Rudiger, Hollis Margaret. “Reading lessons: graphic novels 101.” The Horn Book Magazine. pp. 126-134.

In choosing to take a break from blogging about English 709, I decided to read and blog about articles which were read in my young adult literature class last summer. Ironically enough, the first article read, “Reading Lessons: Graphic Novels 101” seemed to speak pretty closely to our Thursday evening class discussion.

Hmm… Sign from up above?

Hollis Margaret Rudiger discusses the idea of visual detail. Mmm… more specifically, “visual literacy.” But, before we can go there (meaning, before we get to the reader, let’s talk about the graphic novel writer. “A good visual storyteller creates suspense and anticipation through the artwork as much as, if not more than, through the text” (p. 127). In regards to the art, various vocabulary terms can be considered: panel, gutter.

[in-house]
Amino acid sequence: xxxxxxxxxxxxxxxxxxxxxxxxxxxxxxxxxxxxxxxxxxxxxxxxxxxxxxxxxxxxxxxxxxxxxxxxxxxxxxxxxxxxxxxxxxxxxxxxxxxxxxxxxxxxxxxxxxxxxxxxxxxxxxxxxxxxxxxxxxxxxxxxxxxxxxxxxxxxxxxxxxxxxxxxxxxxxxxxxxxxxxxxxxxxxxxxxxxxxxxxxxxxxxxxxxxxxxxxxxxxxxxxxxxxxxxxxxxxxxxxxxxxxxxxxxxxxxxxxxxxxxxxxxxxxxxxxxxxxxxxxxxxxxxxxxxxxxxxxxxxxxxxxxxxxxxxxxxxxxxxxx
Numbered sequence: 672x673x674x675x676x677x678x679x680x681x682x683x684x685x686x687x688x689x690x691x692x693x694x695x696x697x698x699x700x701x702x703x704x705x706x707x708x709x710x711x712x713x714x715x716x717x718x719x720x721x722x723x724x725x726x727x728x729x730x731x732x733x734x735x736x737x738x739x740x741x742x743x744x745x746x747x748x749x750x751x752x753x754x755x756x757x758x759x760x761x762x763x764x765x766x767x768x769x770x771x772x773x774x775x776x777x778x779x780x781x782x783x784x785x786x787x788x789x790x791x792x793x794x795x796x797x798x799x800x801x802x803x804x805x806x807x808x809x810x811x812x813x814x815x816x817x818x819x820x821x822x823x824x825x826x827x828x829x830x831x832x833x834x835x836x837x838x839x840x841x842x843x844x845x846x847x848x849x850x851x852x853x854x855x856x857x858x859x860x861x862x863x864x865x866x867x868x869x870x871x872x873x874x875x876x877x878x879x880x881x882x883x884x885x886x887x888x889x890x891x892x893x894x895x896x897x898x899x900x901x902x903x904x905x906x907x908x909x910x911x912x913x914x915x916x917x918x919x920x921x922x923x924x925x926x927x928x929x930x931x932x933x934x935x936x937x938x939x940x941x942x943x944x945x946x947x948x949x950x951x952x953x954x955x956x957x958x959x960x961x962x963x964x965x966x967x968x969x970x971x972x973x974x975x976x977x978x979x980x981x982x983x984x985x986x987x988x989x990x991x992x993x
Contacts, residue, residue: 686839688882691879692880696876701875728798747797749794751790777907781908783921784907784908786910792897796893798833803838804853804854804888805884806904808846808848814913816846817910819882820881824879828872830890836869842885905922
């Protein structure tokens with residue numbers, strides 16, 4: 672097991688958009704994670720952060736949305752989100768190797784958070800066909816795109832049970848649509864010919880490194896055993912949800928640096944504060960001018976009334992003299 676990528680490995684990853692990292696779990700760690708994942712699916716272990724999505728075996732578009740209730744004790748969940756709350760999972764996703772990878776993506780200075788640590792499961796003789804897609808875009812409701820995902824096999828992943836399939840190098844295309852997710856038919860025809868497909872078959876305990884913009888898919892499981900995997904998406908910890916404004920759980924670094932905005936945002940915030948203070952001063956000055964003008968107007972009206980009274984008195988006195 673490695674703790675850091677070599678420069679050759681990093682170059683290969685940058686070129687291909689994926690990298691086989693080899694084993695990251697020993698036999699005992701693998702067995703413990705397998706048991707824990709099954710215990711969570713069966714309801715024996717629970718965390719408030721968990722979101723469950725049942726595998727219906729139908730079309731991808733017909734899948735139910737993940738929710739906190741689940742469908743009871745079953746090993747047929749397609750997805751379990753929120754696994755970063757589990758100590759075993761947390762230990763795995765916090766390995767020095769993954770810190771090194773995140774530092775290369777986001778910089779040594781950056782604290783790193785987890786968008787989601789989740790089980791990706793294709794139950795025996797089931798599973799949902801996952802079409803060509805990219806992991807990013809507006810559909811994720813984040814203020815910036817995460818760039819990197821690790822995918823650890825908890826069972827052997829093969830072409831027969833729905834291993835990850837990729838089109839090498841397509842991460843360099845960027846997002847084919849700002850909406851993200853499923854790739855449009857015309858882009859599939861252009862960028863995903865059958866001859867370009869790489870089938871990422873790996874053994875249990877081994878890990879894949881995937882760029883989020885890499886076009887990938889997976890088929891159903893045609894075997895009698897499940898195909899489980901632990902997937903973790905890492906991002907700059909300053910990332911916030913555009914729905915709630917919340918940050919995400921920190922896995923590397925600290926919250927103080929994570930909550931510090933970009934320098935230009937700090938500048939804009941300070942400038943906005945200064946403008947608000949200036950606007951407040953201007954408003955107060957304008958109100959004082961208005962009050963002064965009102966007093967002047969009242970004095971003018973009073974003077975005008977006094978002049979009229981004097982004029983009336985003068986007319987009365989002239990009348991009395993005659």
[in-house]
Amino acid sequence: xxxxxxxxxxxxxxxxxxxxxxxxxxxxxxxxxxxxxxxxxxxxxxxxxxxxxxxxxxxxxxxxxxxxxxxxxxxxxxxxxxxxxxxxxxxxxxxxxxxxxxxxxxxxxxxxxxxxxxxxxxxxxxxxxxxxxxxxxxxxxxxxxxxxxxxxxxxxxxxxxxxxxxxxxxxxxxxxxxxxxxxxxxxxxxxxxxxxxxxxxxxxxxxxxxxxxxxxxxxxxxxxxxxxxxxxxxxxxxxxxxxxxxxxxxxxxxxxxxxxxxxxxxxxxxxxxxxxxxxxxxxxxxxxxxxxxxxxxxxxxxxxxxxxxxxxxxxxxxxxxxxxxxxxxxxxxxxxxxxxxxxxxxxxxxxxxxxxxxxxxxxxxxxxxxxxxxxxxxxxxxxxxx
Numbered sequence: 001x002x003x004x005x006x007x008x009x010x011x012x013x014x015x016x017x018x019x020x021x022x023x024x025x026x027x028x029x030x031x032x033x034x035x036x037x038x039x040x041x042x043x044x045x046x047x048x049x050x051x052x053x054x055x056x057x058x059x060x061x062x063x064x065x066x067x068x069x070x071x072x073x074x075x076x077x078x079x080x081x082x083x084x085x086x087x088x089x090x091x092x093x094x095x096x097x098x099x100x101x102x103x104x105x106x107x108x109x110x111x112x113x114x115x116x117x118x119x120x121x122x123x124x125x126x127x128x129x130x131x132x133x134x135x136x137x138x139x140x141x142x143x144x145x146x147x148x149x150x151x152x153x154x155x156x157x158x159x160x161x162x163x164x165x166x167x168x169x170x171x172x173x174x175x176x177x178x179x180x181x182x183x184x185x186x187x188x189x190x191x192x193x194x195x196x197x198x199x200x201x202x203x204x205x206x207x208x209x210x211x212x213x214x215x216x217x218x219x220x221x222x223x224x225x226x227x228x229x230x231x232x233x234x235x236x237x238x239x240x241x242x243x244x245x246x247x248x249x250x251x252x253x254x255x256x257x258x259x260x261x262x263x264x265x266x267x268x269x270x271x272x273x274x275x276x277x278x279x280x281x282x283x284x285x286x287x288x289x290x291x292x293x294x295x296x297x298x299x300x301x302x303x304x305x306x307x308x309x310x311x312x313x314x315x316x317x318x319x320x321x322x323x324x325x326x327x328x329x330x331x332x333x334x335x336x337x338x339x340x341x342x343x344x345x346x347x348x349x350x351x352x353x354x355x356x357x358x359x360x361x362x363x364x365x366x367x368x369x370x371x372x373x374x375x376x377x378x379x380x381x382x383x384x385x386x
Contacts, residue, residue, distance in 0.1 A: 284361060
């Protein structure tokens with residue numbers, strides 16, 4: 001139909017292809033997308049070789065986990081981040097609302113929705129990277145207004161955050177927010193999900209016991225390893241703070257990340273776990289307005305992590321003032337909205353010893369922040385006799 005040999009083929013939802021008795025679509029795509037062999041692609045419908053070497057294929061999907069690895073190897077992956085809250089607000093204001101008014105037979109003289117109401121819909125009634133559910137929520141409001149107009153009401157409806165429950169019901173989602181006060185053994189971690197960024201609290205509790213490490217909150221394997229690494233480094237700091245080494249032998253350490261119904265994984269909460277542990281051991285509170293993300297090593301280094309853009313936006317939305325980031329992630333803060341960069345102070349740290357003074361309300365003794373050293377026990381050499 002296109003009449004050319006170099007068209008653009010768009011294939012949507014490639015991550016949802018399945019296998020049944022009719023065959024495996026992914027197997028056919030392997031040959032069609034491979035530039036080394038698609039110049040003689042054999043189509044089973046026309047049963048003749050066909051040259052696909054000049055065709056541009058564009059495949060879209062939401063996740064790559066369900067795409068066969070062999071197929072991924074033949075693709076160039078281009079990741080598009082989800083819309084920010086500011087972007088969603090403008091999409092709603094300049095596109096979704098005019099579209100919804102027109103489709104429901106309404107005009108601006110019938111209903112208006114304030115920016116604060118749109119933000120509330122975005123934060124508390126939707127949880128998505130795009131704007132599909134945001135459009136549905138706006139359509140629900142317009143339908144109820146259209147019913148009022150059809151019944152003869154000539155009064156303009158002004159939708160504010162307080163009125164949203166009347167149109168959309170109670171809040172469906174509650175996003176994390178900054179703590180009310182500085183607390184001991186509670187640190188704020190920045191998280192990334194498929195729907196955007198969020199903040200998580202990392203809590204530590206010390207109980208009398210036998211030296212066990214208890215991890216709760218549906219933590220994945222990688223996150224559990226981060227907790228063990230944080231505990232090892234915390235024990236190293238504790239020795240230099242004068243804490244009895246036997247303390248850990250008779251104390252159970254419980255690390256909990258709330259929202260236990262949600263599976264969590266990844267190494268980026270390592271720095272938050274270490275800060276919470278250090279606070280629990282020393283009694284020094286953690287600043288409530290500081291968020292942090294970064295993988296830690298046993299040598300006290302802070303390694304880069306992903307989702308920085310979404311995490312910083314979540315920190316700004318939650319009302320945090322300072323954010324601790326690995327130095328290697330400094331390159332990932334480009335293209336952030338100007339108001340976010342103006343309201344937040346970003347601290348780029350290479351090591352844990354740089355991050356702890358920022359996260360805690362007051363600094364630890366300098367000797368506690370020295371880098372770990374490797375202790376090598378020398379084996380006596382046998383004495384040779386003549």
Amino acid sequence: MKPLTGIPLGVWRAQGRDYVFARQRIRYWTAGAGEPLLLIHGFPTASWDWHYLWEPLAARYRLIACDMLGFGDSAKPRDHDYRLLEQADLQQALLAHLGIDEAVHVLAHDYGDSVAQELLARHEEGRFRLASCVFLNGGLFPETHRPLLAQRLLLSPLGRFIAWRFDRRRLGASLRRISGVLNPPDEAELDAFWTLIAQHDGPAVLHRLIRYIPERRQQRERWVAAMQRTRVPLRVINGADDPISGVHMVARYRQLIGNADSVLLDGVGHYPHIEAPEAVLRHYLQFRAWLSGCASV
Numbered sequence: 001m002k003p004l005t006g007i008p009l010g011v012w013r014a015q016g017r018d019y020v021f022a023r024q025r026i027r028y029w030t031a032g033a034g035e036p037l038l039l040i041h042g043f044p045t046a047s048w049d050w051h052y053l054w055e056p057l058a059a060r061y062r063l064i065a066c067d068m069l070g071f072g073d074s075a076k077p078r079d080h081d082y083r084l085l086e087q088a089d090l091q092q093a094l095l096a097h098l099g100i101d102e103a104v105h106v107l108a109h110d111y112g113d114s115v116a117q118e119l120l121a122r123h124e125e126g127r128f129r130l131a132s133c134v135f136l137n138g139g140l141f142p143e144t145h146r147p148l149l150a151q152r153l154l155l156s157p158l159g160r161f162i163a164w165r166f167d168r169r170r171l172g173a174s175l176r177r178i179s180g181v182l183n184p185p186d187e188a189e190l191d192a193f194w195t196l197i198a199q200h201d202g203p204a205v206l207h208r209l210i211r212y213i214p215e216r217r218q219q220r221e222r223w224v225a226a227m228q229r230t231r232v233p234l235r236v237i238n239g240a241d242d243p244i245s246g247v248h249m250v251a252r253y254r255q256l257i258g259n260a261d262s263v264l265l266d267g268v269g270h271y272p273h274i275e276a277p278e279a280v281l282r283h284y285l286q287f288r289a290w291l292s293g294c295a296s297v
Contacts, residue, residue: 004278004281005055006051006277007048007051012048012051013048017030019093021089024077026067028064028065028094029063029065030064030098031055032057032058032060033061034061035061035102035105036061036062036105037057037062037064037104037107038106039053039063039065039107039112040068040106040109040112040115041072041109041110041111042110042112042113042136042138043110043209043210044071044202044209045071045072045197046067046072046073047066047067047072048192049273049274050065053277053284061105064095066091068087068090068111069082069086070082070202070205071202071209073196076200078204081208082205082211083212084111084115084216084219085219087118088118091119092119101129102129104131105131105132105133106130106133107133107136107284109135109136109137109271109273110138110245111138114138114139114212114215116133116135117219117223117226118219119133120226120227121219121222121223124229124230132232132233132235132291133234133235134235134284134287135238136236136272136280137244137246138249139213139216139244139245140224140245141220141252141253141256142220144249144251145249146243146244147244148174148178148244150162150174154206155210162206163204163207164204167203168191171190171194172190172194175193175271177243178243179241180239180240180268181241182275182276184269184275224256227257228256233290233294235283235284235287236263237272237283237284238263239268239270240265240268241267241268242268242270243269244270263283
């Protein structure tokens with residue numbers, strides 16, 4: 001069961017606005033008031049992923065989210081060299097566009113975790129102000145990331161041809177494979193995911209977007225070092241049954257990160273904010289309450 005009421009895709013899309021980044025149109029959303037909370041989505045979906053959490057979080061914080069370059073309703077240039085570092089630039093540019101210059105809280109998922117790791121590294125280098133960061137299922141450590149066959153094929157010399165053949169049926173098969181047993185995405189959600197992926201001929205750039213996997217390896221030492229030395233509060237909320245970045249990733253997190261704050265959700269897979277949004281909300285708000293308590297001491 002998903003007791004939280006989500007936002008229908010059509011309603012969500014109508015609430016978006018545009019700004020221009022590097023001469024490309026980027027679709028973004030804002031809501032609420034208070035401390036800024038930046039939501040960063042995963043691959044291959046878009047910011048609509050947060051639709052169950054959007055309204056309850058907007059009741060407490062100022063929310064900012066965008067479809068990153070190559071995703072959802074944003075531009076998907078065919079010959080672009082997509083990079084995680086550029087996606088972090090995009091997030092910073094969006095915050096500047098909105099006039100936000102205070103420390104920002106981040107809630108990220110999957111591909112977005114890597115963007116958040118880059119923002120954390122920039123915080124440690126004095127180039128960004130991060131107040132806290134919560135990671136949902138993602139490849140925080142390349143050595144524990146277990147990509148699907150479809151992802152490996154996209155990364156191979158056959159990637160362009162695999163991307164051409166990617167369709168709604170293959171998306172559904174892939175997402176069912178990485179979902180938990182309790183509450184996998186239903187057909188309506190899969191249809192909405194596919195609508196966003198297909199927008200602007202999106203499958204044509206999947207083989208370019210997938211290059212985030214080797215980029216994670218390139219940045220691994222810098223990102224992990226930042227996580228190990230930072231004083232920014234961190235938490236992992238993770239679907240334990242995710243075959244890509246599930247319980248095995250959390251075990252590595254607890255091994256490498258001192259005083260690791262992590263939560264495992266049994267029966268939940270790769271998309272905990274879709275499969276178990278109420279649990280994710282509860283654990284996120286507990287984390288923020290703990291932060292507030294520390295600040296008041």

When analyzing graphic novels, various questions can be asked, similar to when analyzing any other text. “What can we tell about the narrative content?” “What is the significance of the subtle differences between the top panoramic scene and the bottom one?” (p.129).

One complaint many new readers of graphic novels may have is that of getting confused by the panels. Rudiger addresses this up front, “Even as an avid reader of graphic novels, I sometimes need to reread the same panels a few different ways until it makes sense. That’s OK” (p. 131). Further, many readers of, shall I say, ‘normal’ English texts, often are confused in how to discuss a graphic novel. Well, throwing out words like metaphor, allusion, plot, and setting is a very good place to start. “…the same vocabulary [you] use to analyze narrative text could be used to analyze narrative pictures” (p. 134). In choosing to use these words to describe a visually narrative text, readers will begin to realize more and more that the images do not just supplement the story–they ARE the story!